1. There really is no such thing as Scientific Creationism, that is a self contradictory concept.  There is abolutly no scientific evidience for their being a God or God having created anything.  You cannot tack something completly unscientific onto science and still call it science.  It is at best a weak attempt to merge to contradictory ideas.  It doesn’t belong in a science class.

      It is akin to the “scientific” study of gnomes, or faries, or unicorns, or dragons.  not science.

      1.  F*CK yeah!  Why didn’t any of my science classes include dragon studies?  Now I’m pissed off.
        We didn’t even get to dissect any unicorns in veterinary school!  Sure, there were tons of horse bits laying around, but not a one with a horn.

  16. Wouldn’t this represent an establishment of religion? Can we now pass laws enforcing the teaching of religious doctrine in state funded institutions?

    1.  That’s actually why there’s all this language about not discussing the identity of the designer.  The idea behind Intelligent Design theory is that as long as you eschew theology the thesis that life was created by some sort of intelligence is a valid scientific hypothesis.  Which it could be, kinda, if it was advanced by critical thinkers and skeptics who set about trying to disprove it through research rather than write a bunch of popular books and blog posts about it and try to smuggle it into high school curricula.

  17. It is quite right that other faith based philosophies should be discussed in science lessons alongside the theory of evolution. It is important for students to hear multiple views so they can choose the theory that makes the most sense to them. But I am concerned that students will hear only one alternative theory on the origin of the species.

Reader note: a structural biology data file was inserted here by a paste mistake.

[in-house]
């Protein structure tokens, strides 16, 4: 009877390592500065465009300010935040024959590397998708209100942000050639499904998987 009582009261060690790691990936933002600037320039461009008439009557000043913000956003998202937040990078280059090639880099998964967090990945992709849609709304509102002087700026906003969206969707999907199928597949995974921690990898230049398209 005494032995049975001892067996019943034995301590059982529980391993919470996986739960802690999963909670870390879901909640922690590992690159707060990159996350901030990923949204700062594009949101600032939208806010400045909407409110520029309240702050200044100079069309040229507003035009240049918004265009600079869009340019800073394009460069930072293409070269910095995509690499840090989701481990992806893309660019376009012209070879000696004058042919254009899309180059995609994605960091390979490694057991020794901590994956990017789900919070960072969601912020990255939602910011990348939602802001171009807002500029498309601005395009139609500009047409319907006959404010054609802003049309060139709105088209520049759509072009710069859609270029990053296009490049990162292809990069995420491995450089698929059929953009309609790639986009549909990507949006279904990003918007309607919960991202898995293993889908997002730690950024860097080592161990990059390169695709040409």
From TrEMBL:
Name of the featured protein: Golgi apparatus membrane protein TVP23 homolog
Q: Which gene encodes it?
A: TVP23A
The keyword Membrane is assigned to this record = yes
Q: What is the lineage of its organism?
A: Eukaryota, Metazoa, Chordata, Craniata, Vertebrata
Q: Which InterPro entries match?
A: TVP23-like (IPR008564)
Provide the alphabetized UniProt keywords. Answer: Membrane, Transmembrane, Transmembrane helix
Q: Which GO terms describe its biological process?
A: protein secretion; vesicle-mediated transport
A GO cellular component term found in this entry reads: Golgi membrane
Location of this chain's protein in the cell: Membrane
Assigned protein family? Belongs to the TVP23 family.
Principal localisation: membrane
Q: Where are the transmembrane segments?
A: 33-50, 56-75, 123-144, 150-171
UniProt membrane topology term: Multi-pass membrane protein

There are several theories of how species developed. I, and millions of others, strongly believe that the universe was created by a Flying Spaghetti Monster, who created all that we see and feel around us.

    The overwhelming evidence resulting from centuries of systematic and methodical research that show new species of animal are a consequence of evolutionary processes is nothing more than coincidence, put in place by Him, and the reams of scientific results proving the existence of evolution are a result of the Flying Spaghetti Monster changing the evidence with His Noodly Appendages.

    If we are to start teaching our children supernatural options to long-established scientific fact, it is only fair that all options are given equal play. Perhaps, one day, we can look forward to the time when all three theories are given equal emphasis in our science classrooms: one third of the time for ID, one third devoted to Flying Spaghetti Monsterism, and one third for the teaching of logical conjecture based on overwhelming evidence.